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Chaplain of Bell Shelter for Homeless Offers Job Help Along With His Sermons

November 18, 1990|LEE HARRIS

Every Thursday night, the Rev. Bill Shaw preaches an old-fashioned, Bible-thumping sermon to the men and women at the Salvation Army homeless shelter in Bell.

It is not a requirement, but most of the homeless at the 200-bed shelter attend the services out of respect for Shaw, according to shelter administrators and homeless people whose lives the Southern Baptist preacher has touched.

"He cares for people and he works well with them," said Salvation Army Capt. Scott Ramsey, commander and administrator of the Bell shelter.

Ramsey said Shaw has made a positive impact in the eight months that he has been chaplain and coordinator of programs at the shelter.

Shaw not only prays for the homeless, but he takes practical steps to try to help them improve their lives, said Reginald Gilbert, a homeless man who has been coming to the shelter for about six months.

Gilbert said Shaw helped him receive training that led to a job as a check-processing clerk at the Los Angeles branch of the Federal Reserve Bank. Gilbert, 30, continues to sleep at the shelter while he saves enough money to rent an apartment.

Shaw selected Gilbert and seven other homeless people to attend a four-month course at the Banking Institute, a private vocational school in Los Angeles that provides training to disadvantaged students for jobs in the banking industry. Tuitions were paid with federal funds.

Four of the homeless participants dropped out, but Gilbert, John Wade and Charles Tennant recently graduated from the vocational school.

Wade and Tennant are also living at the shelter while they search for work. They are currently being interviewed by various banks.

Tennant said Shaw "takes money from his own pocket to help us. He will give us money for things like lunch."

In addition to sending the students to the vocational school, Shaw tries to help find jobs for the homeless through the state Employment Development Department. At the end of his sermons, Shaw asks if anyone is interested in a specific job being offered through the employment department. He said he generally refers three or four people to contacts he has made through the employment department.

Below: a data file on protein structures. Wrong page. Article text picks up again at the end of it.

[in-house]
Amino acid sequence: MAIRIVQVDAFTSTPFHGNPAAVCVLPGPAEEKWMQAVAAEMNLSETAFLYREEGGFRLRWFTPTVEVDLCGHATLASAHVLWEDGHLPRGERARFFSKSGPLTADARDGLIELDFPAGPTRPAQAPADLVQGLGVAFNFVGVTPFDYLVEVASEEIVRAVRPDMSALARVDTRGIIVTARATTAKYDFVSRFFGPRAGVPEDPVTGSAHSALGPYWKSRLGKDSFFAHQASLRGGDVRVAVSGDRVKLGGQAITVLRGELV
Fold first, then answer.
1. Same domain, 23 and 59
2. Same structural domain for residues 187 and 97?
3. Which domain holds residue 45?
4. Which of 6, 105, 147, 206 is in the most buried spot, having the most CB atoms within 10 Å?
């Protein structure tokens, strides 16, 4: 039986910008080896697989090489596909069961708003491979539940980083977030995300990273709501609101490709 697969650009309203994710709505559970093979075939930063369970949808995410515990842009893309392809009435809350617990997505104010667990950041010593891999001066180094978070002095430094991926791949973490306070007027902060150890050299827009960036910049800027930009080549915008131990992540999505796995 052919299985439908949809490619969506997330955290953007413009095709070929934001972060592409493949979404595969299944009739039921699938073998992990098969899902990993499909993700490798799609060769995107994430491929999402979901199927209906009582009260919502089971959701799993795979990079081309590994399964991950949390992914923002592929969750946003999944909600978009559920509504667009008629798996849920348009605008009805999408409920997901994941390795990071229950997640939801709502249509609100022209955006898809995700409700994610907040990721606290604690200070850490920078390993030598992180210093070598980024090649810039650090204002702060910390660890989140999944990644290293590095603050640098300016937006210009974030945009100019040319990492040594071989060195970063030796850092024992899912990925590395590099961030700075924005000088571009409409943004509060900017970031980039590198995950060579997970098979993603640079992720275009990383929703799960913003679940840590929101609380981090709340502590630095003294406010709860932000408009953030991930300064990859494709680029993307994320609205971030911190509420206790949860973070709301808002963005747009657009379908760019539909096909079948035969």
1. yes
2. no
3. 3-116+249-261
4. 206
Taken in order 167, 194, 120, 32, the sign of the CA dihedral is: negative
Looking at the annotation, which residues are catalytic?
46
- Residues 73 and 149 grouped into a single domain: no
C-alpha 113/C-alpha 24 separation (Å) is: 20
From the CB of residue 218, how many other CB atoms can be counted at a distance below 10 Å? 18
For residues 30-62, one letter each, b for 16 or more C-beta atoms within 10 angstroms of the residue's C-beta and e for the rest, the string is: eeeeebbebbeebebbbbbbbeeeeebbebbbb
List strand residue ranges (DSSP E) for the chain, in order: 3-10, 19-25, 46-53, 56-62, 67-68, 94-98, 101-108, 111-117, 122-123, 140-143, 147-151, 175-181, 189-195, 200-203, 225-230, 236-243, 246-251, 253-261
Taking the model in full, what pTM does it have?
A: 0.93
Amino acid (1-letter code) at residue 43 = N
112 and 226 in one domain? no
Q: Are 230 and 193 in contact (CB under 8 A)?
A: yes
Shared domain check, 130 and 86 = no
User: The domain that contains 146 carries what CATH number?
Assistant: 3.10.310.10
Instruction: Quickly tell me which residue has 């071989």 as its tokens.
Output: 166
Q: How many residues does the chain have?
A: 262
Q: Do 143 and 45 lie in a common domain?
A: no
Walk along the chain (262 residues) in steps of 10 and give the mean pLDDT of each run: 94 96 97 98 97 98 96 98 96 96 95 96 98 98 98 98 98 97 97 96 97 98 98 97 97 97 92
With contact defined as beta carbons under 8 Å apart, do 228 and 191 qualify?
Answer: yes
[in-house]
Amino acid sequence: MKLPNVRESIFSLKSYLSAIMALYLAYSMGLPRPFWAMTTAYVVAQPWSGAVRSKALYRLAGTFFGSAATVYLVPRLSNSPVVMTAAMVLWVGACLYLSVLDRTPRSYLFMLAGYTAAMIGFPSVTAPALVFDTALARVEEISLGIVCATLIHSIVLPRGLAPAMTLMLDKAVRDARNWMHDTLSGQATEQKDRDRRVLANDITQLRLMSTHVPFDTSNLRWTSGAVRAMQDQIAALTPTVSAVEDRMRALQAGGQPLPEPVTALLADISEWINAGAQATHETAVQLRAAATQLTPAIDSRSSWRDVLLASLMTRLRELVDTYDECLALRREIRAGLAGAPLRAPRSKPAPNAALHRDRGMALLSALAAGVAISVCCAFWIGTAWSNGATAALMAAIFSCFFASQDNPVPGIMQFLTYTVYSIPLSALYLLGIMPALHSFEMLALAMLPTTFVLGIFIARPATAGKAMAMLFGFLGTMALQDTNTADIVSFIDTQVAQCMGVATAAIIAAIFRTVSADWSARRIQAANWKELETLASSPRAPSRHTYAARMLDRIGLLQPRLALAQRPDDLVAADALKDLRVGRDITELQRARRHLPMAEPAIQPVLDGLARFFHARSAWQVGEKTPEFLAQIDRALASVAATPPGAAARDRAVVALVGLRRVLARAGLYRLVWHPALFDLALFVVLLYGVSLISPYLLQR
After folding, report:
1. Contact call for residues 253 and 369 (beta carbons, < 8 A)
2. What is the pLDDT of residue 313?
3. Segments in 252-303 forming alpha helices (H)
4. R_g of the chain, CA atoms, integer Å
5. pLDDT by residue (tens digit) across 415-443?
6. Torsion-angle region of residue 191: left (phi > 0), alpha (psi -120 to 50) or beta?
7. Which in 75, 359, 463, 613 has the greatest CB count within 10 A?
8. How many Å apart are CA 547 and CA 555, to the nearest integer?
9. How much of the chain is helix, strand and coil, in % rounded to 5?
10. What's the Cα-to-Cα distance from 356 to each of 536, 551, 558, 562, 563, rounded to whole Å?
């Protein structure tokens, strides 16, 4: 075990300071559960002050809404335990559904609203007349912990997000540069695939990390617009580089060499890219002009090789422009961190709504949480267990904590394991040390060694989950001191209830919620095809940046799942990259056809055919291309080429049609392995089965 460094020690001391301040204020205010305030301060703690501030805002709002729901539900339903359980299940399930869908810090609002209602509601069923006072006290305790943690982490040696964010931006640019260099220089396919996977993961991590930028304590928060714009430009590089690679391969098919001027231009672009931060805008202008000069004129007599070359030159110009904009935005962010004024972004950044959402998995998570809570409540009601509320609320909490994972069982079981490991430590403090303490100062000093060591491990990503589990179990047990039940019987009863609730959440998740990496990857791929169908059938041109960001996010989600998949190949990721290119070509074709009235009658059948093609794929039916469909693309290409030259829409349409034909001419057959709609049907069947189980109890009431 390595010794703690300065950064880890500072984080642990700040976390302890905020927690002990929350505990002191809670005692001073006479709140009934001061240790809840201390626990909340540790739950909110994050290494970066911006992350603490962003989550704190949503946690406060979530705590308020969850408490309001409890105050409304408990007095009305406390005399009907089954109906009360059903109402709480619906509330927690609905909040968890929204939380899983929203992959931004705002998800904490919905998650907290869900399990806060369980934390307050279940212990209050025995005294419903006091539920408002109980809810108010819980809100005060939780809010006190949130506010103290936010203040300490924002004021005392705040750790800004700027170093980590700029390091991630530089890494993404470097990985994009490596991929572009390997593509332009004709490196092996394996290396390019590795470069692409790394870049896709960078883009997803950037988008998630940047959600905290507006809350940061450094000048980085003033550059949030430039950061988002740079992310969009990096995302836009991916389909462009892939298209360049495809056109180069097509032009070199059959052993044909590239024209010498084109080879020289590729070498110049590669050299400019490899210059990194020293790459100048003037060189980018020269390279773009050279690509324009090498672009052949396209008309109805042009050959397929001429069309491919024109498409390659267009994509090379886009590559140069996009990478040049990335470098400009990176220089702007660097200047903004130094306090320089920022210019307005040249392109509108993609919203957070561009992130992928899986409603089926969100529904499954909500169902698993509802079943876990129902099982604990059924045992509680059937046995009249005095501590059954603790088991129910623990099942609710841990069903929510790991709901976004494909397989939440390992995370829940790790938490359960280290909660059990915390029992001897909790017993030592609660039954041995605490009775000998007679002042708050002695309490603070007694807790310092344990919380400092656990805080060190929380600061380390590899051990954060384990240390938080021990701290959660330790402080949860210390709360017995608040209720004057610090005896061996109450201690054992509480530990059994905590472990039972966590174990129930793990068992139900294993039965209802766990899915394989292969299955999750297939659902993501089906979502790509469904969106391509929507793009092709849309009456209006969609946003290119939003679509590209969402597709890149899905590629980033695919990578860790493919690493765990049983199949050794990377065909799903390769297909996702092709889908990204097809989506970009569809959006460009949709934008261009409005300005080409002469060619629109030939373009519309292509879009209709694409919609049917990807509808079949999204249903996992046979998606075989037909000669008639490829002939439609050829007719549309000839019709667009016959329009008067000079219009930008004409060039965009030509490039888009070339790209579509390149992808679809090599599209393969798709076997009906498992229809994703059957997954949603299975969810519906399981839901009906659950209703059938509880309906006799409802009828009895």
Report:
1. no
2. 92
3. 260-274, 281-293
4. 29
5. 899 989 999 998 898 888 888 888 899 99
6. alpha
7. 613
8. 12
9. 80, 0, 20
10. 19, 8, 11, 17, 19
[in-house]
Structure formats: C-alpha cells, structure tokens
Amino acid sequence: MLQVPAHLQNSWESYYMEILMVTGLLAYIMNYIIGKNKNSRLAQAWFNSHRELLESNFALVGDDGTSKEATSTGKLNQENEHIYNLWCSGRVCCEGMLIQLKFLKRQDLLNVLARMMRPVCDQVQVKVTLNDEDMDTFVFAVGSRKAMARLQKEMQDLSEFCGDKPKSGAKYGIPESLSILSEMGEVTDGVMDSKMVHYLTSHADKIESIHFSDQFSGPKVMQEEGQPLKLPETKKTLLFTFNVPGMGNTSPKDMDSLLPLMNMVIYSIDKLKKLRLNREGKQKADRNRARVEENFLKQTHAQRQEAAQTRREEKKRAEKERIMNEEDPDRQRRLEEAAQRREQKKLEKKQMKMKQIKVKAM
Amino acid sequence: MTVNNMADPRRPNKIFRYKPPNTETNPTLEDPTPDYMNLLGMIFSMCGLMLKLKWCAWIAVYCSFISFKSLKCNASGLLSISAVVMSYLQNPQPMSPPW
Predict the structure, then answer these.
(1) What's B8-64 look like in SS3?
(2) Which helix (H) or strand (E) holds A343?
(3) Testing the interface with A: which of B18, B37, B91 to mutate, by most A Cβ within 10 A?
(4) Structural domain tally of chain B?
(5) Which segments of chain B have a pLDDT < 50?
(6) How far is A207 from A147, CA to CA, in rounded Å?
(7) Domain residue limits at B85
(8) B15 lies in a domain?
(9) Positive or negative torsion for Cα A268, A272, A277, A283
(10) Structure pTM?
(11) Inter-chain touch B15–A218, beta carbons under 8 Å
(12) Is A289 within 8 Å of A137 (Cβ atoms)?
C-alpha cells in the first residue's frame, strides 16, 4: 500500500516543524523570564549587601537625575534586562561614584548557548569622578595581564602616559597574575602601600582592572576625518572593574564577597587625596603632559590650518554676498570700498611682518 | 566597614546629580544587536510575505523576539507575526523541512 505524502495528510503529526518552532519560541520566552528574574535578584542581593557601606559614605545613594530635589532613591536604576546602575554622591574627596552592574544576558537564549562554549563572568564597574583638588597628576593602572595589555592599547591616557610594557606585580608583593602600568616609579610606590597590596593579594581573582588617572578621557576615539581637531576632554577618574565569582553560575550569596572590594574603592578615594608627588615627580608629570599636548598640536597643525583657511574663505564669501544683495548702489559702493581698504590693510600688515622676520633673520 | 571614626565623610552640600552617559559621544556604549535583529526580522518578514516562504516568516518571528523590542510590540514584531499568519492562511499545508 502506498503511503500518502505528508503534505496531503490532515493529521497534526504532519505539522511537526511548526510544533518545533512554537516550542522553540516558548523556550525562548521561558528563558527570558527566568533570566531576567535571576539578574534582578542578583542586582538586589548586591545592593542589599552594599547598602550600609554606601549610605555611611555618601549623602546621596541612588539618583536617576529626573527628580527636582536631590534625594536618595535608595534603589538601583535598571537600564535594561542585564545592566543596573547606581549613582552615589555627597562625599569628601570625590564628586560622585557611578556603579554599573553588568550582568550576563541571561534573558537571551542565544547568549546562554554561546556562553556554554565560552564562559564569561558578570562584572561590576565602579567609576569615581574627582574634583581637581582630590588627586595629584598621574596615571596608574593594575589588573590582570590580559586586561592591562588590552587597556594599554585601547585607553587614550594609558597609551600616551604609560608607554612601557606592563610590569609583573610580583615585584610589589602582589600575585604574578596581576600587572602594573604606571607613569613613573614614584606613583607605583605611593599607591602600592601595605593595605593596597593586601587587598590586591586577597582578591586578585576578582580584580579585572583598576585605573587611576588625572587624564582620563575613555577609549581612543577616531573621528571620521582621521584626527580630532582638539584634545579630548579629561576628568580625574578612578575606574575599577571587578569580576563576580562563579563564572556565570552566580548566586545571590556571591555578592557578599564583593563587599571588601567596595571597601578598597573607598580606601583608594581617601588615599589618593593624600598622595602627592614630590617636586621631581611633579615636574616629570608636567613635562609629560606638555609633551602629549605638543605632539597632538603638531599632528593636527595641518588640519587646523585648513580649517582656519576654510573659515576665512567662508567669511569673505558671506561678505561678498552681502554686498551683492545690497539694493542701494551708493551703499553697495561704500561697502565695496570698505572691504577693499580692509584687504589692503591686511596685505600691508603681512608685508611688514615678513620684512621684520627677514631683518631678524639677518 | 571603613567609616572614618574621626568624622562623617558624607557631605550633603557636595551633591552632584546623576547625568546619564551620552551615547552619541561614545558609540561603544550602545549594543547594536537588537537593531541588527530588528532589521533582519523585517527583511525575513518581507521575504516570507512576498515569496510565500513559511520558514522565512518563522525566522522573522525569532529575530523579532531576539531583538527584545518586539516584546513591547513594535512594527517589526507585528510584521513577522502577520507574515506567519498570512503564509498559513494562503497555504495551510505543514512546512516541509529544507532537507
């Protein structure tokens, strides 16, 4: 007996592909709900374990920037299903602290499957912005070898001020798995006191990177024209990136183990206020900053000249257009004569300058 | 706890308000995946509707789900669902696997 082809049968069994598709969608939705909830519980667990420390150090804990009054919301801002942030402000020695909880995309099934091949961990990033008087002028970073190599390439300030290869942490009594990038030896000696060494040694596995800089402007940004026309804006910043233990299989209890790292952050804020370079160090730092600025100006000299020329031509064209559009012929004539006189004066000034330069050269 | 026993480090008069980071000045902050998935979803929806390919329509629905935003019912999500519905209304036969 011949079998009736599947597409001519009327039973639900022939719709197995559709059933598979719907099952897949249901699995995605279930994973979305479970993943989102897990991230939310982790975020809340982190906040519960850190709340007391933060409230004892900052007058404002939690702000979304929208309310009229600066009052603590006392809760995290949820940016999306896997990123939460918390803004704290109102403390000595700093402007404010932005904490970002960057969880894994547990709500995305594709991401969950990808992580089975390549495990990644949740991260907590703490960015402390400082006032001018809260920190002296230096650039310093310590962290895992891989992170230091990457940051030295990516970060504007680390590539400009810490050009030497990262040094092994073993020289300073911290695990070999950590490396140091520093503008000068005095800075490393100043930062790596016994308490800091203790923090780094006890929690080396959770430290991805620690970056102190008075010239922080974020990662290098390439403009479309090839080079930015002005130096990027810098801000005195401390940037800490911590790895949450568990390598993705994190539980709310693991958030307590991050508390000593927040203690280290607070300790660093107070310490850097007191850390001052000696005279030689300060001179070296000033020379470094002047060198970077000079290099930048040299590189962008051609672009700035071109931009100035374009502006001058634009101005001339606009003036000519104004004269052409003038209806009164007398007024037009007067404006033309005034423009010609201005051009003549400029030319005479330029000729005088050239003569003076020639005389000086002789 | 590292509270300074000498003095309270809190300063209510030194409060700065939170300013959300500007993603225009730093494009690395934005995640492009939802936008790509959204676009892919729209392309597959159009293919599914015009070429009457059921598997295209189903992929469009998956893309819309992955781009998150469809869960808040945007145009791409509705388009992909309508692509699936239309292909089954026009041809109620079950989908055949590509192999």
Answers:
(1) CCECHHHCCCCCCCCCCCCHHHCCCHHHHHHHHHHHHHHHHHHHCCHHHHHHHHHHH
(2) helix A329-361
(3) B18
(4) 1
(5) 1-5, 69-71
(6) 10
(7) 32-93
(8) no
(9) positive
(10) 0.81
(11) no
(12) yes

Before taking his present job, Shaw had been a traveling evangelist.

"I heard about the job as soon as I came to Los Angeles more than eight months ago. Capt. Ramsey interviewed me and I got the job," said Shaw, 40, who had been living in Dallas. He now lives in Los Angeles with his son Ashley, 13. His wife, Nancy, and daughter, Audra, 15, are still in Dallas.

Shaw said he shared some of the same misconceptions others have about the homeless, believing "they are lazy and don't want to work."

He said he has found many homeless people "do want to succeed but for various reasons have fallen on bad times. All they need is some help and they respond."

As a tribute to Shaw, more than 100 of the homeless signed a letter recently that expressed their appreciation for the preacher. The letter was sent to Shaw's superiors at the Salvation Army. A copy was also sent to President Bush.

Cal State Long Beach English professor Robert Bell has been granted knighthood in the Sovereign and Military Order of the Knights of Templar of Jerusalem of Edinburgh, Scotland. The order of knights was organized during the Christian Crusades in 1118 in an attempt to recover the Holy Land from the Moslems. The group is involved in charitable causes today.

A scholar of the Middle Ages, Bell was one of 25 people from around the world to be honored during a ceremony in Edinburgh. Bell said the order was aware of his studies of the history of the Knights Templar and asked him to join.

"The honor doesn't come with any land, but I get to call myself 'Sir,' " said Bell, who has taught at the university for 24 years.

Bell also received the order's white cape and golden cross necklace.

* Lee Powers, principal of the ABC Unified School District Adult School, has been appointed a regional chairman of the Adult Education Committee of the Assn. of California School Administrators. The committee studies education issues. Powers represents Region 14, which includes the schools in the Southeast area, Culver City and Beverly Hills. There are 18 regions throughout the state. The organization has more than 15,000 members.

* Jean Wilson is the new associate dean for graduate studies and research at Cal State Long Beach. Wilson was previously an education department chairperson at Morehead State University in Kentucky. Wilson has a bachelor's degree from Kentucky Wesleyan College, a master's degree from Western Kentucky University and a doctorate in education from Indiana University.

* Downey resident Marjorie F. Davis has been honored as one of the year's top 10 businesswomen by the American Business Women's Assn. The association, which has more than 3,000 members, recognizes 10 of its members each year for outstanding professional and civic contributions. Davis is executive vice president of Heger Realty Corp. of Los Angeles, which specializes in industrial real estate throughout Southern California. Davis, a member of the association since 1959, was elected national president in 1965.

* David Rofsky has been named manager of the Willow-Daisy branch of the Bank of America in Long Beach. Rofsky has been with the bank since 1979.

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